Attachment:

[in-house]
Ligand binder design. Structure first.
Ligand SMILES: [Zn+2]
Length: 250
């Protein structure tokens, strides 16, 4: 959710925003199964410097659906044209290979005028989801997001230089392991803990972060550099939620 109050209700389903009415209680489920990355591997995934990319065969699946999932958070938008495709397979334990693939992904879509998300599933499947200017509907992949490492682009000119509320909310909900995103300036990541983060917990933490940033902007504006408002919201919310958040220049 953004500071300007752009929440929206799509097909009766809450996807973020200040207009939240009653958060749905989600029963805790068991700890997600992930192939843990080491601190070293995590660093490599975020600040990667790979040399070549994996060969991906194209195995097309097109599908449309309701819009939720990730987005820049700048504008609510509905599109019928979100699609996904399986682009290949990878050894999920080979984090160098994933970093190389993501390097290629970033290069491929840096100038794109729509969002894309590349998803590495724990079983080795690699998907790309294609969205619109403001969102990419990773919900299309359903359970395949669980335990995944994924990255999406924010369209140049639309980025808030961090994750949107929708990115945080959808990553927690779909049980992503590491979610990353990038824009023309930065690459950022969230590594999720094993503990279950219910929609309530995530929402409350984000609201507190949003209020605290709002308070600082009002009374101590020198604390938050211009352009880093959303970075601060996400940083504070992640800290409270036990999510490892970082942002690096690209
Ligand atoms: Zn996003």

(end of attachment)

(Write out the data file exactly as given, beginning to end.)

[in-house]
Ligand binder design. Structure first.
Ligand SMILES: [Zn+2]
Length: 250
């Protein structure tokens, strides 16, 4: 959710925003199964410097659906044209290979005028989801997001230089392991803990972060550099939620 109050209700389903009415209680489920990355591997995934990319065969699946999932958070938008495709397979334990693939992904879509998300599933499947200017509907992949490492682009000119509320909310909900995103300036990541983060917990933490940033902007504006408002919201919310958040220049 953004500071300007752009929440929206799509097909009766809450996807973020200040207009939240009653958060749905989600029963805790068991700890997600992930192939843990080491601190070293995590660093490599975020600040990667790979040399070549994996060969991906194209195995097309097109599908449309309701819009939720990730987005820049700048504008609510509905599109019928979100699609996904399986682009290949990878050894999920080979984090160098994933970093190389993501390097290629970033290069491929840096100038794109729509969002894309590349998803590495724990079983080795690699998907790309294609969205619109403001969102990419990773919900299309359903359970395949669980335990995944994924990255999406924010369209140049639309980025808030961090994750949107929708990115945080959808990553927690779909049980992503590491979610990353990038824009023309930065690459950022969230590594999720094993503990279950219910929609309530995530929402409350984000609201507190949003209020605290709002308070600082009002009374101590020198604390938050211009352009880093959303970075601060996400940083504070992640800290409270036990999510490892970082942002690096690209
Ligand atoms: Zn996003």